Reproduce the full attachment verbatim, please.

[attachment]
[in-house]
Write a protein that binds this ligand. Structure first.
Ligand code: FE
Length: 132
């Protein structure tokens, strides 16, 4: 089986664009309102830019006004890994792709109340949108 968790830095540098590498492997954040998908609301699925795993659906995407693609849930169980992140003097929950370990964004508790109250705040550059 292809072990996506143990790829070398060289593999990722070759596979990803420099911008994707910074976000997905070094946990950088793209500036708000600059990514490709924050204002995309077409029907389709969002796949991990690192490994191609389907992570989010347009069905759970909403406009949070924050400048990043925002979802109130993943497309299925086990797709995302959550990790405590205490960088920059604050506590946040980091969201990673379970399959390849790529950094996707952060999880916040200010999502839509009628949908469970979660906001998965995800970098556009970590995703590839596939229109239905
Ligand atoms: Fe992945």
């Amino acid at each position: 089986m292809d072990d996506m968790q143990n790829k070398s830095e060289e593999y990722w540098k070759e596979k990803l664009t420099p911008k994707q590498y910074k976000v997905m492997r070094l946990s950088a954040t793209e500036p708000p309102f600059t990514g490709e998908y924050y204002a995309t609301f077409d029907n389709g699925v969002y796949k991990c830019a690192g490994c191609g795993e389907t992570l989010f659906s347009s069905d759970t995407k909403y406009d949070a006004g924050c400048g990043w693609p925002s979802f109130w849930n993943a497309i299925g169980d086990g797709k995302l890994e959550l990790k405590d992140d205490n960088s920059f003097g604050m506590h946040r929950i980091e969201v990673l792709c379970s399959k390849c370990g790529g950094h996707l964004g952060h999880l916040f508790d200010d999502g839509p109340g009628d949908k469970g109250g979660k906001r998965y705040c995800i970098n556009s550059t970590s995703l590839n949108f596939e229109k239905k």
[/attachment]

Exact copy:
[in-house]
Write a protein that binds this ligand. Structure first.
Ligand code: FE
Length: 132
């Protein structure tokens, strides 16, 4: 089986664009309102830019006004890994792709109340949108 968790830095540098590498492997954040998908609301699925795993659906995407693609849930169980992140003097929950370990964004508790109250705040550059 292809072990996506143990790829070398060289593999990722070759596979990803420099911008994707910074976000997905070094946990950088793209500036708000600059990514490709924050204002995309077409029907389709969002796949991990690192490994191609389907992570989010347009069905759970909403406009949070924050400048990043925002979802109130993943497309299925086990797709995302959550990790405590205490960088920059604050506590946040980091969201990673379970399959390849790529950094996707952060999880916040200010999502839509009628949908469970979660906001998965995800970098556009970590995703590839596939229109239905
Ligand atoms: Fe992945």
């Amino acid at each position: 089986m292809d072990d996506m968790q143990n790829k070398s830095e060289e593999y990722w540098k070759e596979k990803l664009t420099p911008k994707q590498y910074k976000v997905m492997r070094l946990s950088a954040t793209e500036p708000p309102f600059t990514g490709e998908y924050y204002a995309t609301f077409d029907n389709g699925v969002y796949k991990c830019a690192g490994c191609g795993e389907t992570l989010f659906s347009s069905d759970t995407k909403y406009d949070a006004g924050c400048g990043w693609p925002s979802f109130w849930n993943a497309i299925g169980d086990g797709k995302l890994e959550l990790k405590d992140d205490n960088s920059f003097g604050m506590h946040r929950i980091e969201v990673l792709c379970s399959k390849c370990g790529g950094h996707l964004g952060h999880l916040f508790d200010d999502g839509p109340g009628d949908k469970g109250g979660k906001r998965y705040c995800i970098n556009s550059t970590s995703l590839n949108f596939e229109k239905k």